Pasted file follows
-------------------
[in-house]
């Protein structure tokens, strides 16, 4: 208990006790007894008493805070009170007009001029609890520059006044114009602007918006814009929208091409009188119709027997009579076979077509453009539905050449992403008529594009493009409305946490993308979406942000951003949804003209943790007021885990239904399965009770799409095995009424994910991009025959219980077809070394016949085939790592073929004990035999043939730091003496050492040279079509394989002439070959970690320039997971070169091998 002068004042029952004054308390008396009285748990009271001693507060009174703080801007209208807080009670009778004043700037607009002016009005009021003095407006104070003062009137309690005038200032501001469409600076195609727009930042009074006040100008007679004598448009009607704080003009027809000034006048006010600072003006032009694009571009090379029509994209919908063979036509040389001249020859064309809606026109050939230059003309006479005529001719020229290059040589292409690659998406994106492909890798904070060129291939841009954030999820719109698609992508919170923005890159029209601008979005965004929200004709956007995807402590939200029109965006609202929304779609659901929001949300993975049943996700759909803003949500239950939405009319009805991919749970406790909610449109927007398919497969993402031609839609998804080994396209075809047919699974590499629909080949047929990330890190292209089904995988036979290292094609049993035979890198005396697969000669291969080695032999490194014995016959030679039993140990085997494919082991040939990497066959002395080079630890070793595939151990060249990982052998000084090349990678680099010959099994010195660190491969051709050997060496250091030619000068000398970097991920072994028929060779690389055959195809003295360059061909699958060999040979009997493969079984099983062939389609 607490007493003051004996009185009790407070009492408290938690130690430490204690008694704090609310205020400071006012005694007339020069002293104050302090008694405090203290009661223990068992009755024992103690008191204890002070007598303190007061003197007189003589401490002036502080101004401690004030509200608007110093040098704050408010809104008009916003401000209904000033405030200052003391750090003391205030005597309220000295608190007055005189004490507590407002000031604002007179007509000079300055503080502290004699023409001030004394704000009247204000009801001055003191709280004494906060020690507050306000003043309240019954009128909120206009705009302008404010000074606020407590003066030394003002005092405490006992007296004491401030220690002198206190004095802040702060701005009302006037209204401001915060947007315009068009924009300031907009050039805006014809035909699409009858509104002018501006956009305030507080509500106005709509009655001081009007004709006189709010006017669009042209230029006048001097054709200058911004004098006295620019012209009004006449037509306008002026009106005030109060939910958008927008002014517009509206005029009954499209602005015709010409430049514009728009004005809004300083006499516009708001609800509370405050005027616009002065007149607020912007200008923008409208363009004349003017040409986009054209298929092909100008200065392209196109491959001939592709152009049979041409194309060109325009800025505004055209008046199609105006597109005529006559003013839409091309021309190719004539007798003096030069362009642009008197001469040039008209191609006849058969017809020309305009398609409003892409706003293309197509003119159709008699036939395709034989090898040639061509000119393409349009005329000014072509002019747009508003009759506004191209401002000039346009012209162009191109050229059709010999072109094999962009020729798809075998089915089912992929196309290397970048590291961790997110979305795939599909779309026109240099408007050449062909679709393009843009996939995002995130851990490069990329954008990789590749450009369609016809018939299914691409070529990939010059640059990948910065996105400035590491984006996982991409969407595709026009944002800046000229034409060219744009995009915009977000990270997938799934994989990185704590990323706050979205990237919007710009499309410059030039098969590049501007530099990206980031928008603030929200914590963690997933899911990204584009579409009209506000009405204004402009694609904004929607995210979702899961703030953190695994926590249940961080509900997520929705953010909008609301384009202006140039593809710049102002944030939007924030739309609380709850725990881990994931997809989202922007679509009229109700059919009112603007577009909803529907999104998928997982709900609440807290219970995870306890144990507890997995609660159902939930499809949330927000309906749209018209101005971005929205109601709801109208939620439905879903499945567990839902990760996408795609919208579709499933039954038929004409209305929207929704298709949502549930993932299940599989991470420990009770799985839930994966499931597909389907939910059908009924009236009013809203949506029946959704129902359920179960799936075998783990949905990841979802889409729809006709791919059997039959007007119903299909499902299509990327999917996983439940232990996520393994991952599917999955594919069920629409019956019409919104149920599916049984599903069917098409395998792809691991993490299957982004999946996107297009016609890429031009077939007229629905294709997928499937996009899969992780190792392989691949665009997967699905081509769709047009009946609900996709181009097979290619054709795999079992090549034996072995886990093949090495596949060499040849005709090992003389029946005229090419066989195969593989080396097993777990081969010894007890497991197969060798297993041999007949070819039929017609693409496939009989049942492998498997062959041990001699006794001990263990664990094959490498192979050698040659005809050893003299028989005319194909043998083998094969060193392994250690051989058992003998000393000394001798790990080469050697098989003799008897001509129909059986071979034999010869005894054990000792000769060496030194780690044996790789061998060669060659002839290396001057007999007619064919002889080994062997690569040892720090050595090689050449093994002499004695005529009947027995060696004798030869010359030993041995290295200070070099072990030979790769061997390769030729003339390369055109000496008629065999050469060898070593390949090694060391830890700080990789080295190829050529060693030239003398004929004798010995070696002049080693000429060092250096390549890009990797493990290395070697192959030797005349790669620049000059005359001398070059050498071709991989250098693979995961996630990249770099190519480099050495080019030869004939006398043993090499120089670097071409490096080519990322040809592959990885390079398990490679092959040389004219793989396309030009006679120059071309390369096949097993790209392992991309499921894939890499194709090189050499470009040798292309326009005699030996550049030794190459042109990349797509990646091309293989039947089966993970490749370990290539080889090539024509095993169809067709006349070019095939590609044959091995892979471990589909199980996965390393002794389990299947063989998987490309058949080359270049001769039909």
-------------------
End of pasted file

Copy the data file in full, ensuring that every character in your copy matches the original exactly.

[in-house]
């Protein structure tokens, strides 16, 4: 208990006790007894008493805070009170007009001029609890520059006044114009602007918006814009929208091409009188119709027997009579076979077509453009539905050449992403008529594009493009409305946490993308979406942000951003949804003209943790007021885990239904399965009770799409095995009424994910991009025959219980077809070394016949085939790592073929004990035999043939730091003496050492040279079509394989002439070959970690320039997971070169091998 002068004042029952004054308390008396009285748990009271001693507060009174703080801007209208807080009670009778004043700037607009002016009005009021003095407006104070003062009137309690005038200032501001469409600076195609727009930042009074006040100008007679004598448009009607704080003009027809000034006048006010600072003006032009694009571009090379029509994209919908063979036509040389001249020859064309809606026109050939230059003309006479005529001719020229290059040589292409690659998406994106492909890798904070060129291939841009954030999820719109698609992508919170923005890159029209601008979005965004929200004709956007995807402590939200029109965006609202929304779609659901929001949300993975049943996700759909803003949500239950939405009319009805991919749970406790909610449109927007398919497969993402031609839609998804080994396209075809047919699974590499629909080949047929990330890190292209089904995988036979290292094609049993035979890198005396697969000669291969080695032999490194014995016959030679039993140990085997494919082991040939990497066959002395080079630890070793595939151990060249990982052998000084090349990678680099010959099994010195660190491969051709050997060496250091030619000068000398970097991920072994028929060779690389055959195809003295360059061909699958060999040979009997493969079984099983062939389609 607490007493003051004996009185009790407070009492408290938690130690430490204690008694704090609310205020400071006012005694007339020069002293104050302090008694405090203290009661223990068992009755024992103690008191204890002070007598303190007061003197007189003589401490002036502080101004401690004030509200608007110093040098704050408010809104008009916003401000209904000033405030200052003391750090003391205030005597309220000295608190007055005189004490507590407002000031604002007179007509000079300055503080502290004699023409001030004394704000009247204000009801001055003191709280004494906060020690507050306000003043309240019954009128909120206009705009302008404010000074606020407590003066030394003002005092405490006992007296004491401030220690002198206190004095802040702060701005009302006037209204401001915060947007315009068009924009300031907009050039805006014809035909699409009858509104002018501006956009305030507080509500106005709509009655001081009007004709006189709010006017669009042209230029006048001097054709200058911004004098006295620019012209009004006449037509306008002026009106005030109060939910958008927008002014517009509206005029009954499209602005015709010409430049514009728009004005809004300083006499516009708001609800509370405050005027616009002065007149607020912007200008923008409208363009004349003017040409986009054209298929092909100008200065392209196109491959001939592709152009049979041409194309060109325009800025505004055209008046199609105006597109005529006559003013839409091309021309190719004539007798003096030069362009642009008197001469040039008209191609006849058969017809020309305009398609409003892409706003293309197509003119159709008699036939395709034989090898040639061509000119393409349009005329000014072509002019747009508003009759506004191209401002000039346009012209162009191109050229059709010999072109094999962009020729798809075998089915089912992929196309290397970048590291961790997110979305795939599909779309026109240099408007050449062909679709393009843009996939995002995130851990490069990329954008990789590749450009369609016809018939299914691409070529990939010059640059990948910065996105400035590491984006996982991409969407595709026009944002800046000229034409060219744009995009915009977000990270997938799934994989990185704590990323706050979205990237919007710009499309410059030039098969590049501007530099990206980031928008603030929200914590963690997933899911990204584009579409009209506000009405204004402009694609904004929607995210979702899961703030953190695994926590249940961080509900997520929705953010909008609301384009202006140039593809710049102002944030939007924030739309609380709850725990881990994931997809989202922007679509009229109700059919009112603007577009909803529907999104998928997982709900609440807290219970995870306890144990507890997995609660159902939930499809949330927000309906749209018209101005971005929205109601709801109208939620439905879903499945567990839902990760996408795609919208579709499933039954038929004409209305929207929704298709949502549930993932299940599989991470420990009770799985839930994966499931597909389907939910059908009924009236009013809203949506029946959704129902359920179960799936075998783990949905990841979802889409729809006709791919059997039959007007119903299909499902299509990327999917996983439940232990996520393994991952599917999955594919069920629409019956019409919104149920599916049984599903069917098409395998792809691991993490299957982004999946996107297009016609890429031009077939007229629905294709997928499937996009899969992780190792392989691949665009997967699905081509769709047009009946609900996709181009097979290619054709795999079992090549034996072995886990093949090495596949060499040849005709090992003389029946005229090419066989195969593989080396097993777990081969010894007890497991197969060798297993041999007949070819039929017609693409496939009989049942492998498997062959041990001699006794001990263990664990094959490498192979050698040659005809050893003299028989005319194909043998083998094969060193392994250690051989058992003998000393000394001798790990080469050697098989003799008897001509129909059986071979034999010869005894054990000792000769060496030194780690044996790789061998060669060659002839290396001057007999007619064919002889080994062997690569040892720090050595090689050449093994002499004695005529009947027995060696004798030869010359030993041995290295200070070099072990030979790769061997390769030729003339390369055109000496008629065999050469060898070593390949090694060391830890700080990789080295190829050529060693030239003398004929004798010995070696002049080693000429060092250096390549890009990797493990290395070697192959030797005349790669620049000059005359001398070059050498071709991989250098693979995961996630990249770099190519480099050495080019030869004939006398043993090499120089670097071409490096080519990322040809592959990885390079398990490679092959040389004219793989396309030009006679120059071309390369096949097993790209392992991309499921894939890499194709090189050499470009040798292309326009005699030996550049030794190459042109990349797509990646091309293989039947089966993970490749370990290539080889090539024509095993169809067709006349070019095939590609044959091995892979471990589909199980996965390393002794389990299947063989998987490309058949080359270049001769039909």